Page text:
As I’ve been working my way through old science fiction films from the earlier days of Science Fiction films, I’ve finally been able to knock another film off the list: Silent Running. A science fiction film that’s been cited as inspiration for of some of my favorite recent science fiction films, such as Moon, Sunshine and Wall*E, Silent Running is a fun, but chaotic film that taps heavily into the environmental movement that was so popular during the 1960s and 1970s. The end result is a fun, entertaining flick that’s become one of my favorites while I watch a number of the old classics for the first time.
Set far in the future, Earth seems to have become an environmentalist’s worst nightmare: plant life has vanished from Earth, with their last remains in space, in large domed spaceships run by American Airlines, the Valley Forge. Lowell, one of four crew members, is the only one who really cares for the plants, and their significance for the human race: he hates the synthetic food that they eat, and hates his crew members for their lack of interest of passion. When the orders come along to blow up the forests and return home, he kills one of his fellow crew members and jettisons the other two into space, remaining with the last remaining dome and three small drone robots.
Alone with the robots, Lowell doesn’t seem to have a plan, and sets about reprogramming the drones (which he names Huey, Dewey and Louie, after the Disney characters) and keeping the forest on his ship alive as they drift into deep space. As he does so, the forest starts to die, and his ship is rediscovered. Fearing that his disposal of his fellow crew members will be discovered, and awash in guilt over their deaths, he places the dome under the care of one of the remaining drones, and sends it off into space as he destroys the Valley Forge.
The film is a fun one – it has a tone that reminded me much of another recently viewed film, Soylent Green, which takes on some similar environmental themes for the storyline. It’s a story that really holds up well today: Lowell ridicules his co-workers for the junk that they’re consuming, noting that it’s not real food, and it’s an interesting take on how the future might turn our, forty years ago. Indeed, mass extinctions and the destruction of the environment is something that has been featured from time to time in science fiction – Soylent Green is one example, but also other recent stories such as Paolo Bacigalupi’s The Windup Girl, Amaryllis by Carrie Vaughn and more recent films such as Moon. With Silent Running cited as a seminal work in the genre, it’s interesting to see how forward thinking it was, with a bit of twenty-twenty hindsight.
While the film is good in concept, if fails in story, with a number of plot holes that don’t make as much sense. Lowell kills his fellow crewmen in a fit of passion at the destruction of the orbital forests, and escapes through the rings of Jupiter, trying to disguise what happened as a series of malfunctions. But, for a person who seems very intent on pointing out the many things that are wrong with the world (ie, no plant life), his actions confuse the story – blowing up his crew members would be a dramatic act, an ultimate thumbing the nose at the world before taking off with the plants. At the same time, he doesn’t seem to realize that plants need sunlight, and the further away one gets from the sun, the more problems a gardener will have with their garden. It’s trivial, but it distracts from the story too much.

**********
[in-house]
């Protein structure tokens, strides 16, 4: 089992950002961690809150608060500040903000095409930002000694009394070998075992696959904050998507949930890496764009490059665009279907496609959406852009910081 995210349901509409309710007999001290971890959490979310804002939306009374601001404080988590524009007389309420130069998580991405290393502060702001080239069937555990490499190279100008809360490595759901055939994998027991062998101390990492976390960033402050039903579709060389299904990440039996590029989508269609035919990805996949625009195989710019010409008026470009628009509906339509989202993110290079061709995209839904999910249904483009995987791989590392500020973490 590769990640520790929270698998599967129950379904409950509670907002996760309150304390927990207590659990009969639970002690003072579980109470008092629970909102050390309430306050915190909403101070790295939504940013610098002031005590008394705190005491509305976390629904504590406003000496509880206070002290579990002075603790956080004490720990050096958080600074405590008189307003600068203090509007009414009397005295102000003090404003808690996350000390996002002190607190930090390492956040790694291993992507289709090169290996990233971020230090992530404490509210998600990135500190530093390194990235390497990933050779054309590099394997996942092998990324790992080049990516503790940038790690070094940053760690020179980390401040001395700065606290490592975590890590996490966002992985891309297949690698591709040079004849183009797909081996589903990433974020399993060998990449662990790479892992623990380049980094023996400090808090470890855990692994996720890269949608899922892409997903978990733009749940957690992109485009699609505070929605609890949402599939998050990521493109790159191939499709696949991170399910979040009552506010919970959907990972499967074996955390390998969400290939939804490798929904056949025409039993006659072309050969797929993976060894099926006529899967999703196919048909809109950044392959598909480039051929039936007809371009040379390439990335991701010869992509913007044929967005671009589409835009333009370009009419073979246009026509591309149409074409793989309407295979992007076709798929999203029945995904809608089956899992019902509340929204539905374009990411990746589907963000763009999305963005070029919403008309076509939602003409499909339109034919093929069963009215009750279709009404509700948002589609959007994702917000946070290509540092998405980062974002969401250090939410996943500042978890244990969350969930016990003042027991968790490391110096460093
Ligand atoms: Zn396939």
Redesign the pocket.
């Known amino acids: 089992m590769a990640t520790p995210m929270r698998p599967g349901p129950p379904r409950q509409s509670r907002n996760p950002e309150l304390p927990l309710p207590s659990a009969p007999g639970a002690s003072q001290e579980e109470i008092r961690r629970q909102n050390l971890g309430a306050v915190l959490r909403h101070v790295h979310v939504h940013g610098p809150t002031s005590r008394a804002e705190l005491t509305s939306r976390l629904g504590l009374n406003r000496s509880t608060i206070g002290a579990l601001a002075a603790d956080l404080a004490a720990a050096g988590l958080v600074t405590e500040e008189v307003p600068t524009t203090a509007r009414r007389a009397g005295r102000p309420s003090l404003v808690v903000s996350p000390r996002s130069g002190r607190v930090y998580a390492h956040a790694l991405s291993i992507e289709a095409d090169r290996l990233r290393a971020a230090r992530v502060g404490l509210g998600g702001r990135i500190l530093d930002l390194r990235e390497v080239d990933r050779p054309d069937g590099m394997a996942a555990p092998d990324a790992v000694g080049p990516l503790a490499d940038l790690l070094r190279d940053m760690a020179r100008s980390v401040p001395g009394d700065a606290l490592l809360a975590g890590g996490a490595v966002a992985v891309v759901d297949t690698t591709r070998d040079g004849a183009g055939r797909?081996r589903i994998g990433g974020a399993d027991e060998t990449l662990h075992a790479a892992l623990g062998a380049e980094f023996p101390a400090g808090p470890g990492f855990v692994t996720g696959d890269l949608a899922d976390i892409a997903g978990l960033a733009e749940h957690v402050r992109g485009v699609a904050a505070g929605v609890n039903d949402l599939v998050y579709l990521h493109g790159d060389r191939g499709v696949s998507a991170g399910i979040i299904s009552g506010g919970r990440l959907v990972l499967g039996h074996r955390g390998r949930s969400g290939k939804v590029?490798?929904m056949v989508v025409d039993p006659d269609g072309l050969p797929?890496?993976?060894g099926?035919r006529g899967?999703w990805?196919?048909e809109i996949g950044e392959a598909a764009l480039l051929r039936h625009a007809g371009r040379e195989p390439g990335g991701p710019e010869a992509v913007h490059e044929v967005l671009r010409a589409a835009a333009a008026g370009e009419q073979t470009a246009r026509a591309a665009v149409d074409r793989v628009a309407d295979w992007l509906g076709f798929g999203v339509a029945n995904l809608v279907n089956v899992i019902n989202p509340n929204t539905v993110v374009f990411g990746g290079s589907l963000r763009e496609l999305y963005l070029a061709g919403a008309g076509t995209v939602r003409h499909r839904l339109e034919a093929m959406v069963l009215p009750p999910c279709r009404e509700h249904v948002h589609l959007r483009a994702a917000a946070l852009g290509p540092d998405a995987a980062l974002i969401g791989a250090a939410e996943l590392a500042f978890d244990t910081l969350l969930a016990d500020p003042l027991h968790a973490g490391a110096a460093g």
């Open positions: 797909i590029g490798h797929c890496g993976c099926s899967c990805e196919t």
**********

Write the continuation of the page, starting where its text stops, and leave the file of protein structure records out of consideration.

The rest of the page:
The highlight for me was not the environmental element or the visuals (which hold up well), but Drones 1, 2 and 3, Lowell’s minor companions when he’s on his own. Tasked with helping the crew outside, they’re small, two legged robots that seem like an early influence on R2-D2 and Wall-E – and I have to say, I liked them just as much as R2, if not more – and after Lowell is injured, he reprograms each to operate on him and perform other tasks, such as playing poker. They’re handled masterfully, with minimal voices and subtle movement that conveys that their emotions and apprehension, especially when poor Louie gets blown off the ship, and after Huey is damaged. I’m a little surprised that they don’t get as much attention as other robots.
At the end of the day, it’s easy to see why Silent Running has provided a bit of inspiration for a number of films: it’s a scary film that has some major elements of truth to it: pre-packaged, synthetic food, the loss of life and habitat on the planet, and an apathetic, uninterested population that simply can’t bring themselves to care about the consequences of their actions. It’s a scary future, one that still could very well happen within our lifetimes.